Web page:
From the Publisher

From the Publisher

Copious amounts of editorial we receive are written about the internet, e-commerce, Amazon, bricks-and-mortar versus online shopping et al! And we’re not the only ones. National papers are full of it; all great stuff for the analysts and the doomsayers. It reached a peak some days back when Alan Kohler, ABC financial analyst commented that “shopping centre companies had been sold down – must be the threat of internet shopping.” I wonder where they get this stuff?

I really can’t see what all the fuss is about. Of course, our industry is facing challenges right now; when didn’t it?

Yes, quite a few retailers have failed recently, but nowhere near as many as those who’ve come to our shores and opened up new ventures. Opinion is that about another 40-odd retailers, mostly European and American, are serious about moving here and soon they’ll all be looking for space. Where? In our centres, naturally.

So is everything fine and dandy? Do we have anything to fear or is it just a lot of uninformed froth and bubble?

The short answer to that is ‘no’. We’ve got some serious challenges. But in order to address them, we need to be clinically diagnostic in defining them. ‘E-commerce’ is not our problem; it’s a ‘retail’ problem. We are not retailers, we are ‘property’ people – and property doesn’t compete with e-commerce. The fact that our property is full of shops and that those shops are facing challenges is a somewhat spurious reasoning in the case against the continuing relevance of shopping centres.

The concept of e-commerce diminishing retail is quite ludicrous. Jingdong, the second largest e-commerce company in the world (behind only Alibaba) recently announced that, over the next five years, it will open one million convenience stores in China. That to me seems like an expansion of retail! That they are opening a million stores may well be all about distribution – in South Korea, Japan and Taiwan and other parts of South East Asia, convenience stores like 7-Eleven are pick-up points for ‘online’ purchases. So here we have an online business, the second-largest in the world, with a plan to open a million shops!

We are in the business of satisfying public demand for retail property but in our business, the term ‘retail’ is so wide, so all-encompassing that it almost defies definition. Is a cafe or a restaurant retail? What about a massage shop, a building society or a TAB? But then do we really have to know? If the public wants cafes and restaurants, TAB outlets and massage spas then let’s provide them. Are we facing challenges because we’ve been concentrating too much on ‘traditional’ retail to fill our spaces, rather than finding out what the general public like to do together in order to socially interact (or to get social interaction as a by-product)?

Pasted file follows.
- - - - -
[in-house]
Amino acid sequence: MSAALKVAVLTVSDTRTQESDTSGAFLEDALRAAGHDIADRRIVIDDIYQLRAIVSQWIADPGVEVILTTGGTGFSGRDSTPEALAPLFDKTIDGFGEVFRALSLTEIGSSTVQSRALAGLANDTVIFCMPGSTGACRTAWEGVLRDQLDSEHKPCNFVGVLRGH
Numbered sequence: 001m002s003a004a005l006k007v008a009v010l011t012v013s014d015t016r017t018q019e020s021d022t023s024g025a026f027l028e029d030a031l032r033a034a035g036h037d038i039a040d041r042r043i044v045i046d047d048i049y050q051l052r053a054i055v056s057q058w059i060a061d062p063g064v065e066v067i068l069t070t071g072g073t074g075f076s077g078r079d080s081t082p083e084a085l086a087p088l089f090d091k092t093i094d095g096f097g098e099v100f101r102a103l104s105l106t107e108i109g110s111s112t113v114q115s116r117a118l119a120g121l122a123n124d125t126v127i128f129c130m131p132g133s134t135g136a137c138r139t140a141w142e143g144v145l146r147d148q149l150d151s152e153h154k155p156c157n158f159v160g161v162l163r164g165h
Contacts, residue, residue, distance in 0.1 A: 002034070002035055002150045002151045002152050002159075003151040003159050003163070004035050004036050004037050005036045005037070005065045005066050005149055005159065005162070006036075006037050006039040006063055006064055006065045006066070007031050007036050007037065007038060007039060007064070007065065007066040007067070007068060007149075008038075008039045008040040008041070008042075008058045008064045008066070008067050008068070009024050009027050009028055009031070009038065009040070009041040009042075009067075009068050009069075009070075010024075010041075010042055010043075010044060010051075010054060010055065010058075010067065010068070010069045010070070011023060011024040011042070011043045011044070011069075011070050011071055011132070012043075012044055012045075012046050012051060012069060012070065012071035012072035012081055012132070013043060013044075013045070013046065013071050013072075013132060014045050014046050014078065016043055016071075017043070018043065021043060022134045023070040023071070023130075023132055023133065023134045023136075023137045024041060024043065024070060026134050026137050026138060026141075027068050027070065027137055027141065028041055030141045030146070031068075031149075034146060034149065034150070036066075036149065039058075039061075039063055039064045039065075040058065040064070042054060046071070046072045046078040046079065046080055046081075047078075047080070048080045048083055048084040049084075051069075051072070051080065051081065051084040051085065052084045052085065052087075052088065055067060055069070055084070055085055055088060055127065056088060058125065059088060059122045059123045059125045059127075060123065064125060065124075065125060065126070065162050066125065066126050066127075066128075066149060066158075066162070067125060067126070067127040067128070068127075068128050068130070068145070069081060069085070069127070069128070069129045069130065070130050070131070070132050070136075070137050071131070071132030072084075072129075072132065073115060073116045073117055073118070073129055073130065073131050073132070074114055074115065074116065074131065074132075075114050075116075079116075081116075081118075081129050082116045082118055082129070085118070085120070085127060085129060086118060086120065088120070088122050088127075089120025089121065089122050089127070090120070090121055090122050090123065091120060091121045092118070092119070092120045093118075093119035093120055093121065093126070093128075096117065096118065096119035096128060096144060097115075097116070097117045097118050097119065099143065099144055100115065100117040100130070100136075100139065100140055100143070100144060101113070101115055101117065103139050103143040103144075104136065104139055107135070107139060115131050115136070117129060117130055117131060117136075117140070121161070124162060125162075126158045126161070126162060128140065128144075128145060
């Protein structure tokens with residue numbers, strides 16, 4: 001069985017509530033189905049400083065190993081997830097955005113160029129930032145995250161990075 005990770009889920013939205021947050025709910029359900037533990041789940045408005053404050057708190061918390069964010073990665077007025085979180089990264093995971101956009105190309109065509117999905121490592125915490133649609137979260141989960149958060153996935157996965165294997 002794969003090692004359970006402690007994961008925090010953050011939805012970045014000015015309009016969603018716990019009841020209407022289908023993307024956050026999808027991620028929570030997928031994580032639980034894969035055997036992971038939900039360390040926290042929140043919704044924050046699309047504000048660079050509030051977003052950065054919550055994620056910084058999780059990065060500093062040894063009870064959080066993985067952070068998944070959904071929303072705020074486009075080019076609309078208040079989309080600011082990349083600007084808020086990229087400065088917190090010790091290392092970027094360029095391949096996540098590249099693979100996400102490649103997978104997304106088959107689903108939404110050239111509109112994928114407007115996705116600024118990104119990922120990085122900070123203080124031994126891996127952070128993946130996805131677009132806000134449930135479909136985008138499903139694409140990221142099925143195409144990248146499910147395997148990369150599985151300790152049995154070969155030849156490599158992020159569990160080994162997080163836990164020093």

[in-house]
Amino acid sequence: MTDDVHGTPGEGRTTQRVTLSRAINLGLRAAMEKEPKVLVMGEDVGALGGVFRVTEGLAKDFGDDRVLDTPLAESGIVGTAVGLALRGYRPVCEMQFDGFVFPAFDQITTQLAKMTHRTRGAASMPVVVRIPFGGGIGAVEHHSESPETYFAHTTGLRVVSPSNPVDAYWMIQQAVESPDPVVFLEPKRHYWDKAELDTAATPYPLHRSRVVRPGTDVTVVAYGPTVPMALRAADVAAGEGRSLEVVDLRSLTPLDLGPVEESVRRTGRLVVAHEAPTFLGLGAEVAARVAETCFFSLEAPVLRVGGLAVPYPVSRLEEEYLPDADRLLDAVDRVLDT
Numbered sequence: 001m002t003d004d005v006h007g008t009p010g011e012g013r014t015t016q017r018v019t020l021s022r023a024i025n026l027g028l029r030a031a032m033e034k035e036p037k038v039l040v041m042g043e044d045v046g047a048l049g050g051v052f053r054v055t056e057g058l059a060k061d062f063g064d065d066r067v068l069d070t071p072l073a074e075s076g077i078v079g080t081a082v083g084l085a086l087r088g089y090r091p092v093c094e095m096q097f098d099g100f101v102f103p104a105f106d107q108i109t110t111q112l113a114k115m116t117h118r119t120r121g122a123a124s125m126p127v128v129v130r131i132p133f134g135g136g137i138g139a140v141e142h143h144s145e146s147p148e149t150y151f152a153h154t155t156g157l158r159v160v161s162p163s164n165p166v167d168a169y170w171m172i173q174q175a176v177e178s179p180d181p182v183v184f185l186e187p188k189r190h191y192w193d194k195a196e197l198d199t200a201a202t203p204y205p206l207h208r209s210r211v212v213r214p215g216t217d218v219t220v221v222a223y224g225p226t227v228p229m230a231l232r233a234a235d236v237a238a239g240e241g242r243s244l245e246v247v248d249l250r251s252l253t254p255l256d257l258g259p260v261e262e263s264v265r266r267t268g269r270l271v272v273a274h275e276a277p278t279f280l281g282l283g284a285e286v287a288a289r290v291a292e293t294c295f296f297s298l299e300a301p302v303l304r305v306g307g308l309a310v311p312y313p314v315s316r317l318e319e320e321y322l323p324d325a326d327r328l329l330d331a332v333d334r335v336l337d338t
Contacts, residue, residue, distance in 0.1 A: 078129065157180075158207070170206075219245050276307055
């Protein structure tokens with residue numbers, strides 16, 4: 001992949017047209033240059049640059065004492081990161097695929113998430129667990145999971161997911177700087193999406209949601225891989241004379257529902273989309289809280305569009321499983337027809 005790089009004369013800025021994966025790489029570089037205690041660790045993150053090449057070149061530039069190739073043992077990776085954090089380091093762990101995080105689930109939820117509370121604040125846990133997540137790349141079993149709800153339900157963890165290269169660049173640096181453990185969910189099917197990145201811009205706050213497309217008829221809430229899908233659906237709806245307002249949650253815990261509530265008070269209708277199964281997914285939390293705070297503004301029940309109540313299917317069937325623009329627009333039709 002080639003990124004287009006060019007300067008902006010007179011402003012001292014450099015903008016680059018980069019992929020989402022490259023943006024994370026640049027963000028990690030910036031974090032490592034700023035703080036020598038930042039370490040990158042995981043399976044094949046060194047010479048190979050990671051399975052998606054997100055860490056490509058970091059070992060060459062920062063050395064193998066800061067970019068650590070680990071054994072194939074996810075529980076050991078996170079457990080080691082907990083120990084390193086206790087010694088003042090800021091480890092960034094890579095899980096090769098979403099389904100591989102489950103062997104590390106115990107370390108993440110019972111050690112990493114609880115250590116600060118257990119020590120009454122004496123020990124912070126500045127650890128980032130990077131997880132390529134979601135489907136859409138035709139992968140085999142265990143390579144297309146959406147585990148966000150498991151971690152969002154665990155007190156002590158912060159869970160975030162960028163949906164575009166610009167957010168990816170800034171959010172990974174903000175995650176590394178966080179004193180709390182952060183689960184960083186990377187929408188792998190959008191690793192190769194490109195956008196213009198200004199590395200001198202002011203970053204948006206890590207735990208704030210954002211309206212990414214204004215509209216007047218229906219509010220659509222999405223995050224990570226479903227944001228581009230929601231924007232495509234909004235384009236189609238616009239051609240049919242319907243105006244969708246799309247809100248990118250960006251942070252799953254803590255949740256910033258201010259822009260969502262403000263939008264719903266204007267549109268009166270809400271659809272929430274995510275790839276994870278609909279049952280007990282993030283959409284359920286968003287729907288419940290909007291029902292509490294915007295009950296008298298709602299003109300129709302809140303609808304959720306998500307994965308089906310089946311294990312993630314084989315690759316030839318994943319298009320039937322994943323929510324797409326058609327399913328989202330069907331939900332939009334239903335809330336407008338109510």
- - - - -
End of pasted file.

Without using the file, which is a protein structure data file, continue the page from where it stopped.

The greatest challenges for e-commerce companies involve logistics, delivery, storage, packaging, display and the absence of touch, feel, reality and experience. Retailers face other challenges in their quest to improve sales against the competition from e-commerce.

The solution and the future is obvious; what will happen is that instead of competing, they will come together and join forces.

The way retail operates will change; the way e-commerce operates will change. Already in China, many retail sales assistants in real bricks-and-mortar shops in shopping centres are receiving sales commissions for ‘online’ sales. When people visit shops, try on, touch, feel and smell products and then purchase them online, the mechanism for the salesperson or the retail employee to be rewarded for service has already been established.

The retail and e-commerce businesses will work it out, but in the process, the opportunities for the shopping centre management industry to play a part will increase. What will never happen is that social interaction through the buying and selling of consumer goods and services will disappear. In fact, it is likely that it will increase. In a world in which the internet and computers have recently contributed to a degree of social isolation, the human need for interaction will see shopping centres take an ever-increasing role.

Those who don’t understand this, those who naively see just a simple battle between bricks-and-mortar retail versus e-commerce, might see e-commerce as a victor. If some of those people are analysts who have a voice, they might cause a flight from shopping centre portfolios. Should that happen, there might well be bargains around. I’ll be buying!

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About the author

Michael Lloyd

Publisher, Shopping Centre News

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  • Thanks for this. Glad to see that common sense still has a role to play, now and in the future. It may not sell as well as fear but good to know there are some sensible people in our business.

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